From the early years of this decade, NASA astronauts have had to rely on Roscosmos’s Soyuz spacecraft to travel to and fro Earth’s orbit since 2011, ever since the US space agency retired its Space Shuttle program. However, now it seems that the wait for the US’ next human-spaceflight is likely to come to end.
NASA wants US-based private spacecraft companies to end the agency’s dependence and it has been supporting their development through its Commercial Crew Program. Back in 2014, the US space agency had awarded $2.6 billion to SpaceX and $4.2 billion to Boeing towards finishing their astronaut carrying space capsules. The capsules which are called Crew Dragon by SpaceX and the CST-100 Starliner by Boeing, were expected to be ready by the end of 2017, according to a report by Space.com.
The deadline could not be met, however, Crew Dragon is now nearly ready, NASA Administrator Jim Bridenstine and SpaceX CEO Elon Musk recently said at an event held at SpaceX headquarters in Hawthorne, California.
“We are getting very close, and we’re very confident that, in the first part of next year, we will be ready to launch American astronauts on American rockets,” the report said quoting Bridenstine as saying. He added that the first quarter (January-March) of next year (2020) could be a realistic target for the Demo-2 mission by Elon Musk’s firm.
The test flight is going to carry NASA astronauts Doug Hurley and Bob Behnken to and from the International Space Station (ISS) followed by operational, contracted missions to ISS, the Space.com report said. However, Bridenstine stressed the particular deadline will hold only when things go as per plan with the development of Crew Dragon. Which, however, does not seem to be guaranteed, given its track record in the past spring season.
Earlier this year, SpaceX had conducted a series of tests on the Crew Dragon spacecraft which flew Demo-1 test flight. Something had gone wrong during the test, before the Crew Dragon’s SuperDraco abort engines got fired and the vehicle was destroyed.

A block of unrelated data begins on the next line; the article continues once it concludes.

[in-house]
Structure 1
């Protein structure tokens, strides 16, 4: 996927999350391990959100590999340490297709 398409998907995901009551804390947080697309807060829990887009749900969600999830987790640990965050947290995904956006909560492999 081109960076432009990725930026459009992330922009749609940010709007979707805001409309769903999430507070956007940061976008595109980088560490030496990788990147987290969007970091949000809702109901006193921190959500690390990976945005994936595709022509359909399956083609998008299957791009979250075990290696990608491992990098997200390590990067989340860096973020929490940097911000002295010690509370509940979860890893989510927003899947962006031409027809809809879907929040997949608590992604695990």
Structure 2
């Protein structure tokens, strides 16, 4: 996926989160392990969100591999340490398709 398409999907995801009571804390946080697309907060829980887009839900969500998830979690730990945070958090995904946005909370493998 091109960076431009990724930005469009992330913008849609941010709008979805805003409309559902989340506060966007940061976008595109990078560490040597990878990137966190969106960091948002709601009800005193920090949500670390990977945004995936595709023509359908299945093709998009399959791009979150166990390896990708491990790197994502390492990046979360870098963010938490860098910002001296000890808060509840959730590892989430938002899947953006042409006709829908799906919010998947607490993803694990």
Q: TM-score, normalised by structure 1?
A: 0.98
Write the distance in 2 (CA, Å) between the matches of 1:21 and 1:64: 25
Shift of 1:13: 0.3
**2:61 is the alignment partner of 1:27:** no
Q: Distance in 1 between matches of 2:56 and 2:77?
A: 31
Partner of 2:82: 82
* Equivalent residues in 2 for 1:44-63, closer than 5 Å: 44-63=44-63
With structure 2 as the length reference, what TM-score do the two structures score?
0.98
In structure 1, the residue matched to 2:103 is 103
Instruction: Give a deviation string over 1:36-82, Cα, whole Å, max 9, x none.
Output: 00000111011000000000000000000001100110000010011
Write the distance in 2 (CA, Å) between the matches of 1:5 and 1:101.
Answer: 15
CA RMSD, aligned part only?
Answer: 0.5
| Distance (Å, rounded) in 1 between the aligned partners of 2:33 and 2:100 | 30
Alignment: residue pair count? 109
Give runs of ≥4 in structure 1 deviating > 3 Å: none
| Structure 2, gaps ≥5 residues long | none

As a result of this, SpaceX has revised the abort propulsion system of Crew Dragon and the company would start rigorous testing of the new design in the next few weeks, the report said quoting Musk.
Apart from this, there have also recently been issues with the capsule’s parachute system. The company has decided to make a switch to the “Mark 3” parachute design from “Mark 2”. The Mark 3 design has much stronger lines and a better load-distributing stitching pattern, according to Musk. However, it still needs to be fully tested and certified.
“We’re hopeful to have the first successful Mark 3 drop test within a week or two, and then there’ll be a steady cadence of tests thereafter,” the report said quoting Musk as saying. The company should achieve that milestone by the end of the year if all goes well, Musk added.
These two issues – the abort propulsion system and the parachutes, are the only things that put the deadline at risk however Musk stressed that “there may be other things that we discover,” the billionaire said.
Apart from SpaceX’s Crew Dragon, Boeing is preparing its Starliner for its first uncrewed test flight to ISS, which is targeted sometime during mid-December.